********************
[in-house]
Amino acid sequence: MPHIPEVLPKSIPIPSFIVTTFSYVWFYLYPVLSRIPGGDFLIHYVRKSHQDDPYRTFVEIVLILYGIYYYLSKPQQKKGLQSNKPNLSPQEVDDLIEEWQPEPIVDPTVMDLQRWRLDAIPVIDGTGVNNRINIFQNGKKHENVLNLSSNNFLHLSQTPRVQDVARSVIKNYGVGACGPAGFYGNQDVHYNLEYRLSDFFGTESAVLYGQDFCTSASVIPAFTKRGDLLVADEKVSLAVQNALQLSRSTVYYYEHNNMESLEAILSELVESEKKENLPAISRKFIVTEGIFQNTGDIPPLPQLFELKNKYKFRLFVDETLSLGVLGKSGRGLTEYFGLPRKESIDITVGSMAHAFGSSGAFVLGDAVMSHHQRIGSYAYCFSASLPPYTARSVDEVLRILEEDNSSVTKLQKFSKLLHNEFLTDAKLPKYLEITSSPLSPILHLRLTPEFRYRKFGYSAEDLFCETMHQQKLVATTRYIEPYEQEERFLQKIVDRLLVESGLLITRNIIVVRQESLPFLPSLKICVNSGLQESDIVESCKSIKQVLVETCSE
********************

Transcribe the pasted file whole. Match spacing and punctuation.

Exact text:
[in-house]
Amino acid sequence: MPHIPEVLPKSIPIPSFIVTTFSYVWFYLYPVLSRIPGGDFLIHYVRKSHQDDPYRTFVEIVLILYGIYYYLSKPQQKKGLQSNKPNLSPQEVDDLIEEWQPEPIVDPTVMDLQRWRLDAIPVIDGTGVNNRINIFQNGKKHENVLNLSSNNFLHLSQTPRVQDVARSVIKNYGVGACGPAGFYGNQDVHYNLEYRLSDFFGTESAVLYGQDFCTSASVIPAFTKRGDLLVADEKVSLAVQNALQLSRSTVYYYEHNNMESLEAILSELVESEKKENLPAISRKFIVTEGIFQNTGDIPPLPQLFELKNKYKFRLFVDETLSLGVLGKSGRGLTEYFGLPRKESIDITVGSMAHAFGSSGAFVLGDAVMSHHQRIGSYAYCFSASLPPYTARSVDEVLRILEEDNSSVTKLQKFSKLLHNEFLTDAKLPKYLEITSSPLSPILHLRLTPEFRYRKFGYSAEDLFCETMHQQKLVATTRYIEPYEQEERFLQKIVDRLLVESGLLITRNIIVVRQESLPFLPSLKICVNSGLQESDIVESCKSIKQVLVETCSE